3.    There are two common types of rats in North America, Norway rats, also named  brown rats and roof rats, also named black rats.

4.    A pair of Norway rats can rear 2000 young in one year!

5.    A rat can tread water for 3 days, so flushing them down the toilet, will not get rid of them!

6.    Rats can fall 50 feet and not hurt themselves.

7.    Rats are creatures of habit and will follow the same pathways, over and over.


What Problems Arise When Rats Visit Bird Feeders?

  1. The biggest and worst problem, with rats at bird feeders is their urine and feces. Their excrement is a carrier for a variety of serious diseases. The bird seed will become contaminated as they crawl around on the seed and your feeder. You must be extra careful cleaning your feeders if you have rats eating from them. That's why rodent control of rats is so important. (More on how to do that properly further down.)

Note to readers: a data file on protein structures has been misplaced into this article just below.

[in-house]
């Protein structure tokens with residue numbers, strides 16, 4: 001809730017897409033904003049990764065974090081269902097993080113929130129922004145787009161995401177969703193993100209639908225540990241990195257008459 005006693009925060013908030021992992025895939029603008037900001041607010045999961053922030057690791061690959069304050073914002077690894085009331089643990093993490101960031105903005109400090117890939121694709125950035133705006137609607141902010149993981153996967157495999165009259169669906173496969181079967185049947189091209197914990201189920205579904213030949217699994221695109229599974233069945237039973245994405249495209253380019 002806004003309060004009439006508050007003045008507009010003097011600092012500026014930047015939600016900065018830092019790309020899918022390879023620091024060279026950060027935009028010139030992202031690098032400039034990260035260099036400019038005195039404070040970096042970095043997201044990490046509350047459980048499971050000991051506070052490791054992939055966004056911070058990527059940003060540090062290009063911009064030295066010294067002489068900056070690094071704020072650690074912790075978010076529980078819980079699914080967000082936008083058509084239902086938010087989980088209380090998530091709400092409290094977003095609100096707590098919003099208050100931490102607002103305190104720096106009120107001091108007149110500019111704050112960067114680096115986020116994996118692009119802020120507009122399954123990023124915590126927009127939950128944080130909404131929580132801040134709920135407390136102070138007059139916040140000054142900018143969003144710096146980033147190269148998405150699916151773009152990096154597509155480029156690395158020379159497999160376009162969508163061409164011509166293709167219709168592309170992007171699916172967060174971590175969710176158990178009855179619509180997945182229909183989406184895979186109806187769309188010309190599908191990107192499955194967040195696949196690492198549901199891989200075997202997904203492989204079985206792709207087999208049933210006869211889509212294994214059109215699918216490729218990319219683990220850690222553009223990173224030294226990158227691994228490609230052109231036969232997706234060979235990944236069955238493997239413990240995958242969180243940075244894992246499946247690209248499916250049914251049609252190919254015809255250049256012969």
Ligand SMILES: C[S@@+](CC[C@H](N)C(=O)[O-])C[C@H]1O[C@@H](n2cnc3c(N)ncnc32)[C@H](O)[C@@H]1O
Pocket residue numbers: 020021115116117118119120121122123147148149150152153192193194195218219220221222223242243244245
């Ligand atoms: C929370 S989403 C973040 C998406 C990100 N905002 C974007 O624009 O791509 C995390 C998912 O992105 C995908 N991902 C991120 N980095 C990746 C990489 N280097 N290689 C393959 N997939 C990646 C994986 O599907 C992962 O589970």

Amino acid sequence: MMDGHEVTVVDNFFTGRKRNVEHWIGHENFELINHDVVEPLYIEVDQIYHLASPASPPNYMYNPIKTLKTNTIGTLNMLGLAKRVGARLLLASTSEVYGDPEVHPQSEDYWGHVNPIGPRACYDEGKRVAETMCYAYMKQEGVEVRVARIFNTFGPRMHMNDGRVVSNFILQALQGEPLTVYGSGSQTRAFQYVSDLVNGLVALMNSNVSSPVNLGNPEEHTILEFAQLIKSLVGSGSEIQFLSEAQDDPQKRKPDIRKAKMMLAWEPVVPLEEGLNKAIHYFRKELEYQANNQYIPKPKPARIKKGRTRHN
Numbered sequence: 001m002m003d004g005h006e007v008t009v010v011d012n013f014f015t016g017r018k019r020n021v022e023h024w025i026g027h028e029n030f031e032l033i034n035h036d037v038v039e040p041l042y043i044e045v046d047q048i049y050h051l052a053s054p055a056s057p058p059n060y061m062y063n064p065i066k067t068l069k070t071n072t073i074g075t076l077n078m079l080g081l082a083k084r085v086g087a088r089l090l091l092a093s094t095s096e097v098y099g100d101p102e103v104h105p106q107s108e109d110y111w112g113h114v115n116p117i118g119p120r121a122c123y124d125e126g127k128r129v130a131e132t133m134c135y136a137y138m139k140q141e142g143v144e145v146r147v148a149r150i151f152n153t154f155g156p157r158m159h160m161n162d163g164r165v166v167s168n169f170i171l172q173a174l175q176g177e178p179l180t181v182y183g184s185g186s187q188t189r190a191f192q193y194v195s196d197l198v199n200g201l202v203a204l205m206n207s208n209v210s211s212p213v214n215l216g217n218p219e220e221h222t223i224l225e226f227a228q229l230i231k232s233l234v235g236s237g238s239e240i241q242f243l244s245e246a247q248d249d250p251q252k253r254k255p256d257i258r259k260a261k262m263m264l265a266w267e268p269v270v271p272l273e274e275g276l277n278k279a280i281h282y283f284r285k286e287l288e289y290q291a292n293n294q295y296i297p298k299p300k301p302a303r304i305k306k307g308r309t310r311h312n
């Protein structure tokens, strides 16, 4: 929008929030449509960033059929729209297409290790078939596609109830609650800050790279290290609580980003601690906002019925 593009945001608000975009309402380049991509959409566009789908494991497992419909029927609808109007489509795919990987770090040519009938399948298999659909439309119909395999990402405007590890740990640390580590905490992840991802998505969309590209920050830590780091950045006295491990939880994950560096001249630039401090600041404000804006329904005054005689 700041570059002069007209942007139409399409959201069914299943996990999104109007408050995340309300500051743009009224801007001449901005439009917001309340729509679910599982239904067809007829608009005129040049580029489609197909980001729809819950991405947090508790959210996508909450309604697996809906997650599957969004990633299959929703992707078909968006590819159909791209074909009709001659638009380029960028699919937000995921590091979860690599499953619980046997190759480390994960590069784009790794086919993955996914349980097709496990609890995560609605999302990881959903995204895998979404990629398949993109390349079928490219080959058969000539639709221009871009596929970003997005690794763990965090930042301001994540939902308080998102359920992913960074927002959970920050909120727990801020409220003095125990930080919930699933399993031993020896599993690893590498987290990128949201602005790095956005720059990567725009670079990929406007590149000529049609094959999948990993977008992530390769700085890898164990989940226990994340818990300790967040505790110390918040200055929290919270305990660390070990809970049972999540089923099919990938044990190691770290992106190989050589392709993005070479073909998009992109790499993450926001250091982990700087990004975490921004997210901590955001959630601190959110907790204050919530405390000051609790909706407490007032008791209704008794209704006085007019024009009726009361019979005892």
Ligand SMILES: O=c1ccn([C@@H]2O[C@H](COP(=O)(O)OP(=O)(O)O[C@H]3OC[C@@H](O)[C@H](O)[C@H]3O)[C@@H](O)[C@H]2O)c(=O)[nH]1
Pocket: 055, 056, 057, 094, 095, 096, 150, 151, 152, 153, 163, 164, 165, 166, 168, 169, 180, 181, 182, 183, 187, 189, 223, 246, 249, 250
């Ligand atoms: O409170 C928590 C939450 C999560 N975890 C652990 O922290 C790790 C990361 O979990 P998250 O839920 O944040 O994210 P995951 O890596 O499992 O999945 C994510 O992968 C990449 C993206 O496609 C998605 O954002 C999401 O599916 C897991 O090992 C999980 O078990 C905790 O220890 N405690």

Quick Facts

 The CDC, Centers for Disease Control and Prevention, states that the following diseases are directly transmitted by rodents.

Hantavirus Pulmonary Syndrome collapsed
Hemorrhagic Fever with Renal Syndrome collapsed
Lassa Fever collapsed
Leptospirosis collapsed
Lymphocytic Chorio-meningitis (LCM) collapsed
Omsk Hemorrhagic Fever collapsed
Plague collapsed
Rat-Bite Fever collapsed
Salmonellosis collapsed
South American Arenaviruses (Argentine hemorrhagic fever, Bolivian hemorrhagic fever, Sabiá-associated hemorrhagic fever, Venezuelan hemorrhagic fever) collapsed
Tularemia

Very good evidence why getting rid of rats should be taken seriously.